HIST 203 - Canada since 1867

Liaison librarian

  • eamon.duffy [at] mcgill.ca (Email) 514-398-4697


Background Information


Encyclopedia articles

An encyclopedia article is often the best place to look when you need to know the context of a situation, the basic outlines of a person’s life or why a place is important.  Encyclopedia articles are a good first step; but they are never all you need.  Remember, this is background material to help your understanding of the historical events.  These are not materials to base your research papers on, but they can provide you with the knowledge and vocabulary necessary to search for more substantive material.


Secondary Sources



The difference between a scholarly book and a popular book is the intended audience. There are several indicators that a book might be scholarly, such as the inclusion of footnotes/endnotes and a bibliography, if it is published by a university press or written by an academic.



Popular articles appear in magazines and other publications aimed at the general reader. Scholarly articles appear in academic journals that put submissions through the peer-review process before they are published. Many databases will allow you to limit your results to scholarly articles only.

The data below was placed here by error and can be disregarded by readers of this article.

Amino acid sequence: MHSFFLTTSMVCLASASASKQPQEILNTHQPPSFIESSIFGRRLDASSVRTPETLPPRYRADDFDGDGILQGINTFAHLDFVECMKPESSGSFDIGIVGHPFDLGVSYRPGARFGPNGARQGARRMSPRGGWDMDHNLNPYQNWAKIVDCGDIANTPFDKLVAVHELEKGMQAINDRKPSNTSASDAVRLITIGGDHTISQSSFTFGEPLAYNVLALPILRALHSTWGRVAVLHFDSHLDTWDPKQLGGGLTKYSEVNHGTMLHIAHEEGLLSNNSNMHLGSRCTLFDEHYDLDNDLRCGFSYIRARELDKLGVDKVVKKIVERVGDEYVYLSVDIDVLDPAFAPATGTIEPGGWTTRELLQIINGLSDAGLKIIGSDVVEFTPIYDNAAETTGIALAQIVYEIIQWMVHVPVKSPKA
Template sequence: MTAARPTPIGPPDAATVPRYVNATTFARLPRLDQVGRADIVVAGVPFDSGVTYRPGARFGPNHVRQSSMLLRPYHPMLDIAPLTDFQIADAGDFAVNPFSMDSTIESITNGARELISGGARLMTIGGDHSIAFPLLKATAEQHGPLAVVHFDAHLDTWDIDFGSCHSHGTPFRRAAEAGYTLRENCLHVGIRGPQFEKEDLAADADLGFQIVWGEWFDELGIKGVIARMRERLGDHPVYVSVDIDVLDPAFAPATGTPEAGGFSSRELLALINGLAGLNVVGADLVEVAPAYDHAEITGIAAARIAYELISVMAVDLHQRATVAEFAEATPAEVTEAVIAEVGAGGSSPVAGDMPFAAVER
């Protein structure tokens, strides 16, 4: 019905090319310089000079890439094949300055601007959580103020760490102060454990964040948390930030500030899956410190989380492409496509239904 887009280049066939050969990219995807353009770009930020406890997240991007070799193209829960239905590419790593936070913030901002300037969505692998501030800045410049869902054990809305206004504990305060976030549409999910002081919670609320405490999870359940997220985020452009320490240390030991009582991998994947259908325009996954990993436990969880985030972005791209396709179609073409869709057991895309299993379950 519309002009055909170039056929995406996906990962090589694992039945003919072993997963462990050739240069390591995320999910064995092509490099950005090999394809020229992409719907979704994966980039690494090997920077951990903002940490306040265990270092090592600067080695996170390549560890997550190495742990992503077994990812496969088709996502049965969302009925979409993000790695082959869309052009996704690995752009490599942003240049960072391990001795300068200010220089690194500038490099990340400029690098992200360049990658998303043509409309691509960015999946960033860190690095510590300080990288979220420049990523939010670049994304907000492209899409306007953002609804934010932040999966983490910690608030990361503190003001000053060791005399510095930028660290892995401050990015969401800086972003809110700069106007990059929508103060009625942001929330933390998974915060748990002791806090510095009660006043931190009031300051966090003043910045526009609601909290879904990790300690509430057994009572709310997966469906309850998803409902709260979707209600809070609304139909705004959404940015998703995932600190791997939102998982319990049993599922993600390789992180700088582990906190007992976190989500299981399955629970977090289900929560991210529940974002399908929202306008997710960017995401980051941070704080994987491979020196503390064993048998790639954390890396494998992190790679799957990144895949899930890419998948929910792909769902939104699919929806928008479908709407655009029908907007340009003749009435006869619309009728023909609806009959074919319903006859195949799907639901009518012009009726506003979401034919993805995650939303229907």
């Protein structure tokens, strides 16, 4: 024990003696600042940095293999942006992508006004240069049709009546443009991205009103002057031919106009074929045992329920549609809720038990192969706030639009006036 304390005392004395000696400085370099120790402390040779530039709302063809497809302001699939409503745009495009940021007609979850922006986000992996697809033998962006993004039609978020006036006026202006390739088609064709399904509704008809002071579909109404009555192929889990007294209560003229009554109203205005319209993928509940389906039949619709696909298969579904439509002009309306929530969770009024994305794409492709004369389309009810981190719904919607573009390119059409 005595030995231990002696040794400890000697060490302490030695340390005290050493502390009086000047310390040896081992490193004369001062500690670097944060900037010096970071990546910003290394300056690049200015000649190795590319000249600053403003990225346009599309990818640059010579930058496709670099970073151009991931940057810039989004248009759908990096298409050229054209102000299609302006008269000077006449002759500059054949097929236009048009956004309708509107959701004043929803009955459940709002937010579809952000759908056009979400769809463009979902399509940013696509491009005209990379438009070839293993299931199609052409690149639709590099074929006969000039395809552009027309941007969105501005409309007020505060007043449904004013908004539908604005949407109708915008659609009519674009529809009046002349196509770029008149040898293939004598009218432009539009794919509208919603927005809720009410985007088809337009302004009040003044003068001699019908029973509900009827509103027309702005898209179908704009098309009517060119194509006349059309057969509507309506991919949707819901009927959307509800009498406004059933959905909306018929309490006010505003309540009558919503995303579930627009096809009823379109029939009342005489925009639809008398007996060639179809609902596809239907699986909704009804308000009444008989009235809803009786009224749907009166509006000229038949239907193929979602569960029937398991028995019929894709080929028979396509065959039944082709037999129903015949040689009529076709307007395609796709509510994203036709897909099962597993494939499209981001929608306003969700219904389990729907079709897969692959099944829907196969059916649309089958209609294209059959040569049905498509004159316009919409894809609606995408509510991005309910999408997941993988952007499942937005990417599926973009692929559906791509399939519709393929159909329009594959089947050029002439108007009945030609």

Theses and Dissertations

These documents are written by masters or doctoral degrees as a requirement for earning their degree.



Primary Sources

The best way to identify relevant primary sources is by finding a good secondary source first and using its bibliography. You can also use the library catalogue in addition to the resources below.






Diaries and Memoirs

These documents are first-person accounts of a person’s private or public life.


Government Documents (Electronic Databases)





Citing Your Sources


Use the Chicago Style to format your footnotes and bibliographies.

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